Siggelkow: Every company is trying to become more customer-centric, right? And you’re saying, “Well, just going to customers and asking them may not be the best way to go about this.” Another of these best practices (and maybe the most favorite one in our organizations) is financial forecasting and budgeting. What are some of the best practices that you would ask people to rethink?
Goldbach: I’m not sure I’d ever label this particular one as best, but it’s pervasive. We did some research to try to understand the pervasiveness of the behaviors that we talk about in the book, and this one is almost ubiquitous. The way companies tend to do financial forecasting is they do some extrapolation of the past. They say, “We’ve been growing at 5% a year, and the market is growing at 5% a year. If we continue to get our fair share of the market,” — or more likely when they’re doing a budget — “we’re going to increase our market share, our revenue for the next few years will be X.” And then they say, “We’ve committed to the Street that our profits will be Y. So therefore, this is how much we can afford to spend.” That’s the sort of logic that companies go through when doing financial forecasting. The problem with that is that the world literally works in the opposite way. You spend money to change people’s behavior or to keep them doing the same thing, in order for you to get revenue. The problem is not necessarily just a forecast that you end up with, but it’s the mindset that, somehow, you have an unalienable right to revenue in the future.
“Sometimes you need to spend some money that doesn’t necessarily fit the pattern of how you’ve spent it in the past.” – Steve Goldbach
Like it’s just because we exist, we will continue to get revenue. I believe in being very customer-, consumer-, client-centric, but that means continuing to try to delight them and to try to figure out where we haven’t served them well. To do that, sometimes you need to spend some money that doesn’t necessarily fit the pattern of how you’ve spent it in the past.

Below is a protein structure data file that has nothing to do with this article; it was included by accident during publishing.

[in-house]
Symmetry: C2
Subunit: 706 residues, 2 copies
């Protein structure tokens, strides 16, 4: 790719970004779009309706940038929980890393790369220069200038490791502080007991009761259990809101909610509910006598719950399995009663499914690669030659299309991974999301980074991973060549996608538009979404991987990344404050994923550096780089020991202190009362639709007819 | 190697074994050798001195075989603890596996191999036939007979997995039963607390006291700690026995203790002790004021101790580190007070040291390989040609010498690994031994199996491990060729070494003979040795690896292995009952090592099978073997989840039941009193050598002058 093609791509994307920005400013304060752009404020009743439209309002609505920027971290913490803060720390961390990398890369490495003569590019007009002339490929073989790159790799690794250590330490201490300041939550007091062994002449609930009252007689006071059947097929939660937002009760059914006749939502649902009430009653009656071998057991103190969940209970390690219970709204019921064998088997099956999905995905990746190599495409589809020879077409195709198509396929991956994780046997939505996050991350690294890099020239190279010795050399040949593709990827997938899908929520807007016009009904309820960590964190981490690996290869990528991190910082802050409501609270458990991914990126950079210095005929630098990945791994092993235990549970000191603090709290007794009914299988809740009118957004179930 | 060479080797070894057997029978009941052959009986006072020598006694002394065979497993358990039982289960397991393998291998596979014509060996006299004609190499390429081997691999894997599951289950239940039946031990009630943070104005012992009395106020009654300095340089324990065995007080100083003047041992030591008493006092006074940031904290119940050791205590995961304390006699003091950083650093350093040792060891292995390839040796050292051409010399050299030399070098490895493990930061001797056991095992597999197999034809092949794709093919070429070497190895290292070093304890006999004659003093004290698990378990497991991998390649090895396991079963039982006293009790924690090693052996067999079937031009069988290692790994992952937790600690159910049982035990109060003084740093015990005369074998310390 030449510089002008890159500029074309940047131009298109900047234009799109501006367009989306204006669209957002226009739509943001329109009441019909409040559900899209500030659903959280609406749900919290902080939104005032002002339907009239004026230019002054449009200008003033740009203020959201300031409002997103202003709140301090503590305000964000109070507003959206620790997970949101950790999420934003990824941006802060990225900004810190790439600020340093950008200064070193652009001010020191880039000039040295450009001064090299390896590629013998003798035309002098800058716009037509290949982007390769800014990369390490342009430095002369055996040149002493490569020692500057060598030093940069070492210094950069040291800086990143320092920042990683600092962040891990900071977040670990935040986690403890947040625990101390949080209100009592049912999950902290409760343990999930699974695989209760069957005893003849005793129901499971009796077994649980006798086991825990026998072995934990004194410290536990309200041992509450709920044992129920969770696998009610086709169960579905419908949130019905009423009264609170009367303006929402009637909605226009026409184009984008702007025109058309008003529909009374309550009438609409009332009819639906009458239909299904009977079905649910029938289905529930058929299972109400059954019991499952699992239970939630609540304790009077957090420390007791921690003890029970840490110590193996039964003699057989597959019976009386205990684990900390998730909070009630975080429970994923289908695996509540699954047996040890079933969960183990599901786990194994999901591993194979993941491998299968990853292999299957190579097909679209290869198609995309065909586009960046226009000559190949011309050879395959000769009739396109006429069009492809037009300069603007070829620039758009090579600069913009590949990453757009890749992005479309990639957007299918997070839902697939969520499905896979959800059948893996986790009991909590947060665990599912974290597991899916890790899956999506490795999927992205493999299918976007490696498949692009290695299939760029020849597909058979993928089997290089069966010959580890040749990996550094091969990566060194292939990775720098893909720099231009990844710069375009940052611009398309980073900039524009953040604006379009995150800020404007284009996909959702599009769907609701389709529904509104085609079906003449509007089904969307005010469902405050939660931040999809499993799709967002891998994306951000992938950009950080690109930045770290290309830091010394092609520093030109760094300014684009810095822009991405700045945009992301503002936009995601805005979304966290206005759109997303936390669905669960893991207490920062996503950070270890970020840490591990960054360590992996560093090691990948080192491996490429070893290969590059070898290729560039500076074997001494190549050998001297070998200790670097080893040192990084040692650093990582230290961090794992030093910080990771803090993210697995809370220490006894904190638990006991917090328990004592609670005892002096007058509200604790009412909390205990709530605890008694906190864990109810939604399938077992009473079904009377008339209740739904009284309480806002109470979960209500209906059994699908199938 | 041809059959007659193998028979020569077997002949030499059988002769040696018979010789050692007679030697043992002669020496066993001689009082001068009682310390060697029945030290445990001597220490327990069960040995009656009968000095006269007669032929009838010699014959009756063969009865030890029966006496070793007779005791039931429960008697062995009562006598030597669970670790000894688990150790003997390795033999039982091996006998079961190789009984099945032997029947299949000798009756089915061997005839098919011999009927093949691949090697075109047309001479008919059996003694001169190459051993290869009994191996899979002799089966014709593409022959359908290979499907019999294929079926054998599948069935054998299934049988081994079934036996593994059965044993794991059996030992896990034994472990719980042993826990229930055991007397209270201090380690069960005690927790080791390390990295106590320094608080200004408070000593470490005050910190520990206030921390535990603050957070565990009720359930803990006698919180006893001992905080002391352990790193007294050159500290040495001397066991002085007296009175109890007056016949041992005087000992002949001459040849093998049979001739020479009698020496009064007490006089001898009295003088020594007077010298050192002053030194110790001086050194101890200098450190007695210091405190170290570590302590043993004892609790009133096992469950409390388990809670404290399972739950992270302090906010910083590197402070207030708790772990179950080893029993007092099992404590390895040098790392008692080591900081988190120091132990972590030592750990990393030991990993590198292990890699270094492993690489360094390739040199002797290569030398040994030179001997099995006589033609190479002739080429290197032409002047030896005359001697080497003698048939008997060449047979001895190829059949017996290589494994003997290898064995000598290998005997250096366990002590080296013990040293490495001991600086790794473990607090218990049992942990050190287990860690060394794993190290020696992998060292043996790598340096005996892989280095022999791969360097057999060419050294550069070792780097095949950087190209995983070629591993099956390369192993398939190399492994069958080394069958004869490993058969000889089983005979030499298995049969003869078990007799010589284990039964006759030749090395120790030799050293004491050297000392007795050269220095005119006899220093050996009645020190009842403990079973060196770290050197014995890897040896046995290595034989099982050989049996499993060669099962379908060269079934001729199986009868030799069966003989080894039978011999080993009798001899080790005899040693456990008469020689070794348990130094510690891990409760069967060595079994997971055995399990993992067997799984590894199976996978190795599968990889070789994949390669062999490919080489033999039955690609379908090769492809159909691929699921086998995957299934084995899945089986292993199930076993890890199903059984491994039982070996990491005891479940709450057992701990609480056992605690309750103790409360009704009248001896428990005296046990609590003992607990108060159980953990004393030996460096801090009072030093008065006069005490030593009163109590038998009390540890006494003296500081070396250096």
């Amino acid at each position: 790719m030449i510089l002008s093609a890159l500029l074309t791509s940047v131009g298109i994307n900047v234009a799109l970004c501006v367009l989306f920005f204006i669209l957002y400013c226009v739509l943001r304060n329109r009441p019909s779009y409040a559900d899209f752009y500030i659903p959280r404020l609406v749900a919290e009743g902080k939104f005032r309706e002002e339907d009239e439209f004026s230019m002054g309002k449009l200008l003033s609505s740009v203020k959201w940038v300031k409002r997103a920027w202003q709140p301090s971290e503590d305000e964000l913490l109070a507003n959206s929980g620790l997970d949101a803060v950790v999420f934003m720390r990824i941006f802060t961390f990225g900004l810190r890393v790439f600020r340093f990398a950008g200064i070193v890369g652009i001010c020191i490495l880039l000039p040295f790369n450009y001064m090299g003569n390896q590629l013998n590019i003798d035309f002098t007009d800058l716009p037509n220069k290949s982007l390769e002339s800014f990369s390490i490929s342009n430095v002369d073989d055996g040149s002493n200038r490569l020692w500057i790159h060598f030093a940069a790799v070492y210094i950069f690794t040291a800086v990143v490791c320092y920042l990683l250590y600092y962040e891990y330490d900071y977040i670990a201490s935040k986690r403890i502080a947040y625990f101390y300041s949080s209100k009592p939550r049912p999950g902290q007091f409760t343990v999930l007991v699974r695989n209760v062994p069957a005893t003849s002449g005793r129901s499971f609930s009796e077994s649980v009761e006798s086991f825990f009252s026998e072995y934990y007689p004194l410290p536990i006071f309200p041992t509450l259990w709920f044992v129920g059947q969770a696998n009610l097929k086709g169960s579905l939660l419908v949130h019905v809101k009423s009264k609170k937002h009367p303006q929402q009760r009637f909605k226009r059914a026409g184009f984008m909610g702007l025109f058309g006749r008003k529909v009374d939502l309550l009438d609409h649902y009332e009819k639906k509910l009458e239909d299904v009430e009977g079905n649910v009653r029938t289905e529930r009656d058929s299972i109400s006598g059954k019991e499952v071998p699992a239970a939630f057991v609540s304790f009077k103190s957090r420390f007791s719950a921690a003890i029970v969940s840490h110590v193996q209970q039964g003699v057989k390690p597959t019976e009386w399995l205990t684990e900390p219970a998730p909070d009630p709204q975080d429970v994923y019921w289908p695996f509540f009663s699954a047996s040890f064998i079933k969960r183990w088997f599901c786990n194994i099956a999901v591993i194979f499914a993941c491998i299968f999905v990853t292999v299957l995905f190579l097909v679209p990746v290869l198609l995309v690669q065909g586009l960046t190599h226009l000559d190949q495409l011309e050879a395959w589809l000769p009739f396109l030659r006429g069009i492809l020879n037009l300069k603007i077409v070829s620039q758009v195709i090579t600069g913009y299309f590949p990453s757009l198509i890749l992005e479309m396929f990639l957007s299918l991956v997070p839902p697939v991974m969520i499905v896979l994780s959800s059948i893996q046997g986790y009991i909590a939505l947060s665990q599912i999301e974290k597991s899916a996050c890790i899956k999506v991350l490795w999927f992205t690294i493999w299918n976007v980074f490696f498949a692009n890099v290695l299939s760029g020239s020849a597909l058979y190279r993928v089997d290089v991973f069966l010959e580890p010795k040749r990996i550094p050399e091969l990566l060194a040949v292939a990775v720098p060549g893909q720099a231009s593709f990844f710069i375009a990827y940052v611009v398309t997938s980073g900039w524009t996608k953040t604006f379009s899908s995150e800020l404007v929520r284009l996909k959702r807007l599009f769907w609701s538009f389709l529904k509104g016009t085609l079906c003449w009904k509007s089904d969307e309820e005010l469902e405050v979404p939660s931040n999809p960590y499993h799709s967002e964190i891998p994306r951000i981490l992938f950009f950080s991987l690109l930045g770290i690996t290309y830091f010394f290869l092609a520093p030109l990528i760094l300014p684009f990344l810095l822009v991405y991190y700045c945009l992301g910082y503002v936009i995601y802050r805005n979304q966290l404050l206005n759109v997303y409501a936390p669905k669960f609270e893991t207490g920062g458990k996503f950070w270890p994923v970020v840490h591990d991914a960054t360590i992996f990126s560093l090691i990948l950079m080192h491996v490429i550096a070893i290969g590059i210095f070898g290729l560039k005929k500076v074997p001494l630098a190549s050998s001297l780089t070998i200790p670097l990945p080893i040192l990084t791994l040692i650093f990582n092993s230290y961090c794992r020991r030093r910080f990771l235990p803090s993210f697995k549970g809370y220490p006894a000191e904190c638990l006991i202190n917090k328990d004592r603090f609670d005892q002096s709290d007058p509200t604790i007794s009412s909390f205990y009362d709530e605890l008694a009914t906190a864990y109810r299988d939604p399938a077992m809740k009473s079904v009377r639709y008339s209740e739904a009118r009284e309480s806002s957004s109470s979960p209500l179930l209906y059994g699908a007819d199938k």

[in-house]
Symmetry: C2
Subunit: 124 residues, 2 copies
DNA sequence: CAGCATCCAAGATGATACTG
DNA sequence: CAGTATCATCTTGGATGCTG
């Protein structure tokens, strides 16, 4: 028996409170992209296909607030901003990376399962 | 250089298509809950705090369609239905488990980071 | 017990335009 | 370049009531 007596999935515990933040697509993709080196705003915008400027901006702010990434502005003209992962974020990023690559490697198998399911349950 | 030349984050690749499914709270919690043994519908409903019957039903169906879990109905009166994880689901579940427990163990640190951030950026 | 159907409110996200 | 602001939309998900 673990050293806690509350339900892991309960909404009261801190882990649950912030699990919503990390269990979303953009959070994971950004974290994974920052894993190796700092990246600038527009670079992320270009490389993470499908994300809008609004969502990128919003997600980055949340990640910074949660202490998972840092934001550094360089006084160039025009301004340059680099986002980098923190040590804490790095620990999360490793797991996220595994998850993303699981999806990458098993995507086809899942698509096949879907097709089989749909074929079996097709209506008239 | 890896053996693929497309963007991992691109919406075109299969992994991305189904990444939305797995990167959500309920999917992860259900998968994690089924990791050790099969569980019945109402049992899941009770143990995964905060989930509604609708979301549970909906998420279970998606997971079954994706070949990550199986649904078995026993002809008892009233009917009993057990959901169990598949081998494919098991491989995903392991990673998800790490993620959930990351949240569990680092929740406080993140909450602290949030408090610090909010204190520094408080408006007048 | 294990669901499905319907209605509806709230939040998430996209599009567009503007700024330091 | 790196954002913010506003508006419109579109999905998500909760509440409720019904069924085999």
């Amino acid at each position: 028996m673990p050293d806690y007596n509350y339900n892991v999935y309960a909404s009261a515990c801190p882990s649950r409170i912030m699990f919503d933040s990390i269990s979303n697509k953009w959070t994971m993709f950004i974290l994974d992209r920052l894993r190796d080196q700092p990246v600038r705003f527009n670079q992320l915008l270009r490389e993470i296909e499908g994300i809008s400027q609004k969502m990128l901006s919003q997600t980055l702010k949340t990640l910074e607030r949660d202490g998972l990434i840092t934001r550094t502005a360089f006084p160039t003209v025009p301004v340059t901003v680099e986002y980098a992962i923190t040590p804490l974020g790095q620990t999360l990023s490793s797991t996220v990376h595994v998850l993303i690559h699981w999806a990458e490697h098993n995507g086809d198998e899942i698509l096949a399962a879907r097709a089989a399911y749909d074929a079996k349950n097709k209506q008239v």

I would rather that organizations think first about what behavior they want to cause in the marketplace and their customers, how much time and through what activity they could successfully cause that behavior, and then what the revenue result would be. What would the profit result be if they successfully did that and used that as the economic hypothesis? That also has the benefit of, “Look, you’re in control of your cause, but you’re not as in control of the outcome.” If you’re constantly testing how you can gain and also change behavior, then that’s a far better way to be thinking about forecasting.
About Our Guest
Steven Goldbach is a principal at Deloitte Consulting LLP and serves as the organization’s chief strategy officer. He is also a member of the Deloitte U.S. executive leadership team. Before joining Deloitte, Goldbach was a partner at Monitor Group and head of its New York office.
Goldbach helps executives and their teams transform their organizations by making challenging and pragmatic strategy choices in the face of uncertainty. He is an architect, expert practitioner, and teacher of the variety of strategy methodologies developed and used by Monitor Deloitte over the years. Serving clients in many industries, including consumer products, telecommunications, media and health care, Goldbach helps companies combine rigor and creativity to create their own future.
Previously, Goldbach was the director of strategy at Forbes. He holds degrees from Queen’s University at Kingston and Columbia Business School. You can find more @Steven_Goldbach.